Tagua Nut Artisans

We ARE a bit nutty around Connected... and we've loved Tagua Nut jewelry in our stores since we opened!  Unfortunately, we've not known a lot about the nut. Can it be eaten?  Is it always hard?  We've never known.  Last month we learned of a chance to meet Ecuadorians who work with Tagua here in the United States and we jumped at the chance.

Meet Juanita and Andres!  We've bought from them through Minga Fair Trade Importers for years :)  Minga kindly brought Juanita and Andres up to Wisconsin for their anniversary Open House along with the coordinator of Minga's artisan partners in Ecuador and his lovely wife.  

 

A bit about the nut:  Tagua Nuts are around the size of an oblong lime and 10-15 of them grow in a pod on small trees.  The pods grow in abundance.  Many folks enjoy slicing off the end of the pod to drink the milk of the nut just like coconuts!  I asked about how that works since there are multiple nuts in a pod.  They apparently take a straw and suck out the liquid in a nut and then move the straw to the next nut until all of the nuts have been drank in the pod.  I was quite tickled with this... if only we were in Ecuador and not Wisconsin, I would have definitely found a friend with a machete and a straw to hook me up.  

Andres also told me that it takes six months (more or less) for the nut to get hard.  I wondered if people eat them after they harden.  Christopher, Minga's founder, lived in Ecuador for years and speaks Spanish very well.  Because I only dabble in one language, he paused to ask my question for me.  When he did, Andres and Juanita looked at me like they hadn't understood the question.   Christopher asked again and they said, "of course people eat them; they are nuts".  I lost my translator at that point because Christopher was busy hosting a number of us from around the US.  I couldn't ask my next question, "what do they taste like?"  I likely would have gotten the same look.  They taste like nuts, probably.  Or chicken.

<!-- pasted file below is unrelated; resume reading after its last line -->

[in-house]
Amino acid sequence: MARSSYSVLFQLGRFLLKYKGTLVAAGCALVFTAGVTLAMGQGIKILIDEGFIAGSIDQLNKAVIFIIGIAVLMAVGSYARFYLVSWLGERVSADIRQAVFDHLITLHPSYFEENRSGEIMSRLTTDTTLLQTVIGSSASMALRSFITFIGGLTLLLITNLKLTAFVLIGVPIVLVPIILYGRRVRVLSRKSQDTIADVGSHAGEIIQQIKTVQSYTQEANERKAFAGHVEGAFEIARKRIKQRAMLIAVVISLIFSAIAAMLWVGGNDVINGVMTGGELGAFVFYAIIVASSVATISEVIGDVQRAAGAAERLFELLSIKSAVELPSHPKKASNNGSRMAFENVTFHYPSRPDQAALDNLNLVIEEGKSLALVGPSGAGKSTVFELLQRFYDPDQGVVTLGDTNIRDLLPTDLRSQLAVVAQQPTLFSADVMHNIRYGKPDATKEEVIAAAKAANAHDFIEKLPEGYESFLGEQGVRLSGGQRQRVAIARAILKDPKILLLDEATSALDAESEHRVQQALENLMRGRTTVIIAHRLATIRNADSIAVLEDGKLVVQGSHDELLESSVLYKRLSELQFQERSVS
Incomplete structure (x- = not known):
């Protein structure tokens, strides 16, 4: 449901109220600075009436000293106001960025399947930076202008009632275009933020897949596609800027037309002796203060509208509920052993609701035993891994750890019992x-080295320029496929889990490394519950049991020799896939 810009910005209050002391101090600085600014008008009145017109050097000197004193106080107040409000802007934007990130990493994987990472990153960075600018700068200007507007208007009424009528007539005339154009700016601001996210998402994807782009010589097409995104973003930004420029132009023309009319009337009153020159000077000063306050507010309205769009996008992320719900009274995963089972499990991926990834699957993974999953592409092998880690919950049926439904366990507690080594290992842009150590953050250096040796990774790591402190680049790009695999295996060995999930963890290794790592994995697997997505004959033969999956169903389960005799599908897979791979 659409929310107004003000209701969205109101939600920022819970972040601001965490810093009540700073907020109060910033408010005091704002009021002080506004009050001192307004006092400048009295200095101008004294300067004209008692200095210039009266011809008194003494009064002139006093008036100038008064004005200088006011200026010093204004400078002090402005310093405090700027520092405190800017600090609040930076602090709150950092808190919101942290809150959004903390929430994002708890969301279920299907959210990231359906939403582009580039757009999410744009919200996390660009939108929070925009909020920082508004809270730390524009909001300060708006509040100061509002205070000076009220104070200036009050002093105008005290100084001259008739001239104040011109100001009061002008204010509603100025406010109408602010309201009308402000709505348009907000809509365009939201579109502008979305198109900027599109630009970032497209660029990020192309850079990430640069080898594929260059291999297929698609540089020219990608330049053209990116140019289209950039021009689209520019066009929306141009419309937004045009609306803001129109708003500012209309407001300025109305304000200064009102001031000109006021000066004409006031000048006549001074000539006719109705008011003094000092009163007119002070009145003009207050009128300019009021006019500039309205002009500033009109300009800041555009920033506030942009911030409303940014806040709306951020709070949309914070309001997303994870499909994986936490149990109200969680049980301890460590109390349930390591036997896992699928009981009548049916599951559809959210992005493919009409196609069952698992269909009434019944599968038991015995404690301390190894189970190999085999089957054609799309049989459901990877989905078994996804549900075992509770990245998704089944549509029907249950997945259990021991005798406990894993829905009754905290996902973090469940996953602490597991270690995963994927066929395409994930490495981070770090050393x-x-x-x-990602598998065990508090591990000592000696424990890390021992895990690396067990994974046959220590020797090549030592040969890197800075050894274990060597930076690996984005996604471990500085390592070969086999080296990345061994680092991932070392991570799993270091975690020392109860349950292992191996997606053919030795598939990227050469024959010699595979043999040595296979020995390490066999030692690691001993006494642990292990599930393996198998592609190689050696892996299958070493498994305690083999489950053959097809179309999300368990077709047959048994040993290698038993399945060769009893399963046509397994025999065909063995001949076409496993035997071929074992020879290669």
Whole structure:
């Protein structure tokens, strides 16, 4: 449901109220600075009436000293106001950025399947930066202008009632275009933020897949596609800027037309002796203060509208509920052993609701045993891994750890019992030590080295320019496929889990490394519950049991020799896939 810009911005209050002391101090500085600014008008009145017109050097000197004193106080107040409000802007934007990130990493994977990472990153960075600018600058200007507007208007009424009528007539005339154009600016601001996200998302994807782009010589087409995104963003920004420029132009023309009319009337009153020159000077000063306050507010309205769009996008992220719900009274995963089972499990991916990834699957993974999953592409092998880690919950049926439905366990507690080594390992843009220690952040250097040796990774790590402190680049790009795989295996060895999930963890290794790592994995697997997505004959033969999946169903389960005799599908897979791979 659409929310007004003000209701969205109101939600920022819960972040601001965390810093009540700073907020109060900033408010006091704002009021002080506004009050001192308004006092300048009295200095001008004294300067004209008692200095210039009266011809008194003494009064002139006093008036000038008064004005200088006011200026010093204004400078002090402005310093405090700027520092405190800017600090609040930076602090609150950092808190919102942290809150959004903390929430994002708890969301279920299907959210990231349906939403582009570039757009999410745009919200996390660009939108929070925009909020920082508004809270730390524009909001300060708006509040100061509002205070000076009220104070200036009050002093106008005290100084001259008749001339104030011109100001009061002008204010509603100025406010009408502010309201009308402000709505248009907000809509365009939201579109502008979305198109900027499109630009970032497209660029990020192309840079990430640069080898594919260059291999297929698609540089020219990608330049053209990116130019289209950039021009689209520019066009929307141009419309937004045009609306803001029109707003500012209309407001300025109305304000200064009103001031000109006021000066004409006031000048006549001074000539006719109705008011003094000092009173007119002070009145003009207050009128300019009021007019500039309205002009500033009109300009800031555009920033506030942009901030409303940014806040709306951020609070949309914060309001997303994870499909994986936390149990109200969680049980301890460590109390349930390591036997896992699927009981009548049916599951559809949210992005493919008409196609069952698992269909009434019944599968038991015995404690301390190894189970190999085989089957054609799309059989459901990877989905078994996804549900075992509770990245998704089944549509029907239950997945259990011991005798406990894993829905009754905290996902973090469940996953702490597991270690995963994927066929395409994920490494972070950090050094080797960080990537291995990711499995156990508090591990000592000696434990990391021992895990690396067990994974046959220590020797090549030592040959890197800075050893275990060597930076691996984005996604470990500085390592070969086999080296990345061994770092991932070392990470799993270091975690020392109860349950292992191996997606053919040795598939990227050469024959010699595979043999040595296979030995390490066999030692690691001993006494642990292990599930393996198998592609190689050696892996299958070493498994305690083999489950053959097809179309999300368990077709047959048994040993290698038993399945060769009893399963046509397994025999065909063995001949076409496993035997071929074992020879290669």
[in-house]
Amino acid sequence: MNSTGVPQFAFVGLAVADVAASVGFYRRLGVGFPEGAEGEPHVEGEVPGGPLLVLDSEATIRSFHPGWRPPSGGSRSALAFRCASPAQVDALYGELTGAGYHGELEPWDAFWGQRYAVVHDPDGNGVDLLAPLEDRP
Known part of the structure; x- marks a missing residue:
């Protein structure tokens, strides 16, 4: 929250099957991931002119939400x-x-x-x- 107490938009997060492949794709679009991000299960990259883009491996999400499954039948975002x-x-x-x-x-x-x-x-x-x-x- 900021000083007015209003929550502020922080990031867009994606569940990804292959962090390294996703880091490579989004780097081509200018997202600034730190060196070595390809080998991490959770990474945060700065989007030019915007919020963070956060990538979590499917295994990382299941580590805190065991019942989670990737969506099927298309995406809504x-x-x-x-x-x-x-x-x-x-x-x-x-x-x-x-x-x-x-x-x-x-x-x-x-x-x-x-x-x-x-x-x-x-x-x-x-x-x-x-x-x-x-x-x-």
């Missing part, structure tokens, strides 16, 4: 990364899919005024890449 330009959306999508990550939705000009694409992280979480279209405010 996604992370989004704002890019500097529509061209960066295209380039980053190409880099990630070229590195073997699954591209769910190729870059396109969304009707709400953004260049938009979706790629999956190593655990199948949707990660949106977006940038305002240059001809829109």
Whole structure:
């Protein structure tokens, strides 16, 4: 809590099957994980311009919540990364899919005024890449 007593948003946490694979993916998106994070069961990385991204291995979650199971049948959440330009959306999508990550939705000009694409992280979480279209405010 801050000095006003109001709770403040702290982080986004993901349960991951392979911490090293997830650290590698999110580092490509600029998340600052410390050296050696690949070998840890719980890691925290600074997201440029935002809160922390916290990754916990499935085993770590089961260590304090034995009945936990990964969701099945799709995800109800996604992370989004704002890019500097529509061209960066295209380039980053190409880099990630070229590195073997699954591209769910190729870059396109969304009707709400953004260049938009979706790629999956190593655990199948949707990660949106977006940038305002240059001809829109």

Most Tagua necklaces use a slip knot closure.  Juanita taught me how to make one heck of a slip knot. Too bad I would need her across the table for me to be able to recreate that thing.

One of the most powerful things that I learned from the Minga manager in Ecuador is that he does a lot more than just gather product for shipping; he essentially cares for the families of the makers.  It's essential that he does so because if there is a problem with one family member, such as illness, the maker might not be able to fulfill his or her order. People in Fair Trade care about the entire market chain with particular emphasis on the producers, and we all want the business model to work.  

1.)  Diamond wants to be able to buy a purple tagua nut bracelet to wear to the K-State game.

2.)  I want to be able to offer a bunch of colors and styles of tagua bracelets for Diamond and others so I order from Christopher.

3.)  Christopher wants to buy lots of jewelry from Tauga artisans in Ecuador so he can sell them to me. 

4.)  The makers want to work.  They provide for their families by making jewelry for Christopher.  They want to fulfill their orders!  But, sometimes crud gets in the way. 

The manager in Ecuador keeps everyone in his care so that the chain can stay strong.  I am thankful for him for many reasons.

Here's to continued learning and caring, friends, sometimes while wearing purple bracelets - Amy Kay


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  • Gretchen on

    Amy, Thank you for this informative and excellent article. I bought a purple and a green tagua bracelet last month while in Kansas, and have been wondering ever since about tagua nuts and the craftsmen who create beautiful jewelry with them.


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